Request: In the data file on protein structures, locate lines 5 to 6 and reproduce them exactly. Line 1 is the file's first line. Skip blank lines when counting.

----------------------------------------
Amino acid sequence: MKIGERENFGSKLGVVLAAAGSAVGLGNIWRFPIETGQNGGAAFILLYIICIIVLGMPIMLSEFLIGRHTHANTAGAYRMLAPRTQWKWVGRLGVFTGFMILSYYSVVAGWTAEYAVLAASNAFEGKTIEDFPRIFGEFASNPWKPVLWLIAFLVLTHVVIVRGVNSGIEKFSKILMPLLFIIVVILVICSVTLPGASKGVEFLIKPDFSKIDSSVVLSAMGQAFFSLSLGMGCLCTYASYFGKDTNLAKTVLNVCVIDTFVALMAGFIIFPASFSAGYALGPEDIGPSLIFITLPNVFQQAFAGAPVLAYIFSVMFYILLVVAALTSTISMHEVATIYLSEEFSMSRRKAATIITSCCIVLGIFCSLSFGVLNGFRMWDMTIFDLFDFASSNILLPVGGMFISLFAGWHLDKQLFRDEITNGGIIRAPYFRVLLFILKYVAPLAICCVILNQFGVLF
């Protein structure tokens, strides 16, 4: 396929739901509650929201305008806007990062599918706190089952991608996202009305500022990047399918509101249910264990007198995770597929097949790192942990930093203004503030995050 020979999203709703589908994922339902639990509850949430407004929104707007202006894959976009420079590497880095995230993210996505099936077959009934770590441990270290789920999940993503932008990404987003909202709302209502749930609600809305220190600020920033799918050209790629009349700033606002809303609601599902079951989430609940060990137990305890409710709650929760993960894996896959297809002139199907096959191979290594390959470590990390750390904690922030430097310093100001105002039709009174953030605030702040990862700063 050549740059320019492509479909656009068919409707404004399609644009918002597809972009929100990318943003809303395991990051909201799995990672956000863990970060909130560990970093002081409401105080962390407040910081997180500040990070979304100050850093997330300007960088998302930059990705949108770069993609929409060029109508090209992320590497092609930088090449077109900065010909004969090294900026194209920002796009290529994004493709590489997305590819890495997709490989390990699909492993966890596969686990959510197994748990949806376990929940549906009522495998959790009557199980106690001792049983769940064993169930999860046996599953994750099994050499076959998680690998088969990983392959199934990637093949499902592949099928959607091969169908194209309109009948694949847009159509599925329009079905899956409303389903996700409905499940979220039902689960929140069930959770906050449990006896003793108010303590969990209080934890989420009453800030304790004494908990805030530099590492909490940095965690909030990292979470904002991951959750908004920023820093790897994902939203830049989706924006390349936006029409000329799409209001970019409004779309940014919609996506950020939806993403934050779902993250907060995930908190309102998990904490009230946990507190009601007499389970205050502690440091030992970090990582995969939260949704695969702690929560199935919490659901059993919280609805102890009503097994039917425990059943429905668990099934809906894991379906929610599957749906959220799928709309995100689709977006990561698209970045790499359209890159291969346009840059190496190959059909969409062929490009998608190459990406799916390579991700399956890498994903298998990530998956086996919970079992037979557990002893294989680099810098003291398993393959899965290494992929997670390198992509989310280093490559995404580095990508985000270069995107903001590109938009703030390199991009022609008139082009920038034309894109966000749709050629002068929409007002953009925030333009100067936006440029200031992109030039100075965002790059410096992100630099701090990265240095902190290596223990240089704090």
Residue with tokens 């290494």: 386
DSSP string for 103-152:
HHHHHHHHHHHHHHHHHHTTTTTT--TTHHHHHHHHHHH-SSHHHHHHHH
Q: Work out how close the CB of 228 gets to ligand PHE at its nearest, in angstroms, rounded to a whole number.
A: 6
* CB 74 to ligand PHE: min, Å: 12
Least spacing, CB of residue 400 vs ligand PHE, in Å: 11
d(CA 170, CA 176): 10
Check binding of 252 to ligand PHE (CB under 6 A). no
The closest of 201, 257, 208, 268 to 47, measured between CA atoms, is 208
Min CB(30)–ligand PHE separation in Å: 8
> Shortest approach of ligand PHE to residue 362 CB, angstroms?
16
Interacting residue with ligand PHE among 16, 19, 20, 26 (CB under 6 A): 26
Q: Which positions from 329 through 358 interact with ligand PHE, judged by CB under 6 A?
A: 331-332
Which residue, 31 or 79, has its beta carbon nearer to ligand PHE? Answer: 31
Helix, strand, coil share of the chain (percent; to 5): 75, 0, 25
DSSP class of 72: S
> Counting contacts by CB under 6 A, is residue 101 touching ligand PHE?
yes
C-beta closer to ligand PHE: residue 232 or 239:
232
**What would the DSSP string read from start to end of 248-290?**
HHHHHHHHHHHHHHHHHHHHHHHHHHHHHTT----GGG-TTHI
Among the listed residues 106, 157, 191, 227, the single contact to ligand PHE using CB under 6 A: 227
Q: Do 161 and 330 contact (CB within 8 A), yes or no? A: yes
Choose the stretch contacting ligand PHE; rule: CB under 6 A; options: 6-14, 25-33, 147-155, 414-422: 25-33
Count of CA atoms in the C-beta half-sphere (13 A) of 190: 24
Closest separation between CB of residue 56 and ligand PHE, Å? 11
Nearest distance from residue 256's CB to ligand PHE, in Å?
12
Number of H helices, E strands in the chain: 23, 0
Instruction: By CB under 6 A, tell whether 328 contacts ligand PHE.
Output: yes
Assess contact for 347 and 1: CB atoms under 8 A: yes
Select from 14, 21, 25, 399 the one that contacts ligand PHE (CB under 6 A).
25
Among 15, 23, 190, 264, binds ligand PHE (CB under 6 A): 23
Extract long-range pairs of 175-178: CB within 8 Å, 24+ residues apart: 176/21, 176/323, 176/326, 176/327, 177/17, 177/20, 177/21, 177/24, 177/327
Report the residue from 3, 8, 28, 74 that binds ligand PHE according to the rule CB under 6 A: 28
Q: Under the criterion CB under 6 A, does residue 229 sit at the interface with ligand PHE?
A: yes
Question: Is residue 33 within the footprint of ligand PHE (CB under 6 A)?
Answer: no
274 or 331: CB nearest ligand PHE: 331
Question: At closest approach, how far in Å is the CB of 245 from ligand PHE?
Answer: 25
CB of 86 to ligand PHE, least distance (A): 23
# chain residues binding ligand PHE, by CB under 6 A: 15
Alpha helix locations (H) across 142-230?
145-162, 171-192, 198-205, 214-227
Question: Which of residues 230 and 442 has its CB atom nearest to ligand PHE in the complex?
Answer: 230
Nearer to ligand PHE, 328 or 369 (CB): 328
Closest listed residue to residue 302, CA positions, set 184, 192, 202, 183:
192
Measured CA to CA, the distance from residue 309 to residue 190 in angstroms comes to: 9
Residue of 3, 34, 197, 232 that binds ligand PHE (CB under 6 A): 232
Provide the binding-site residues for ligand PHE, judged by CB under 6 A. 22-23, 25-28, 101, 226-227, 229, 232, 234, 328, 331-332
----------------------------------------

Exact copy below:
HHHHHHHHHHHHHHHHHHTTTTTT--TTHHHHHHHHHHH-SSHHHHHHHH
Q: Work out how close the CB of 228 gets to ligand PHE at its nearest, in angstroms, rounded to a whole number.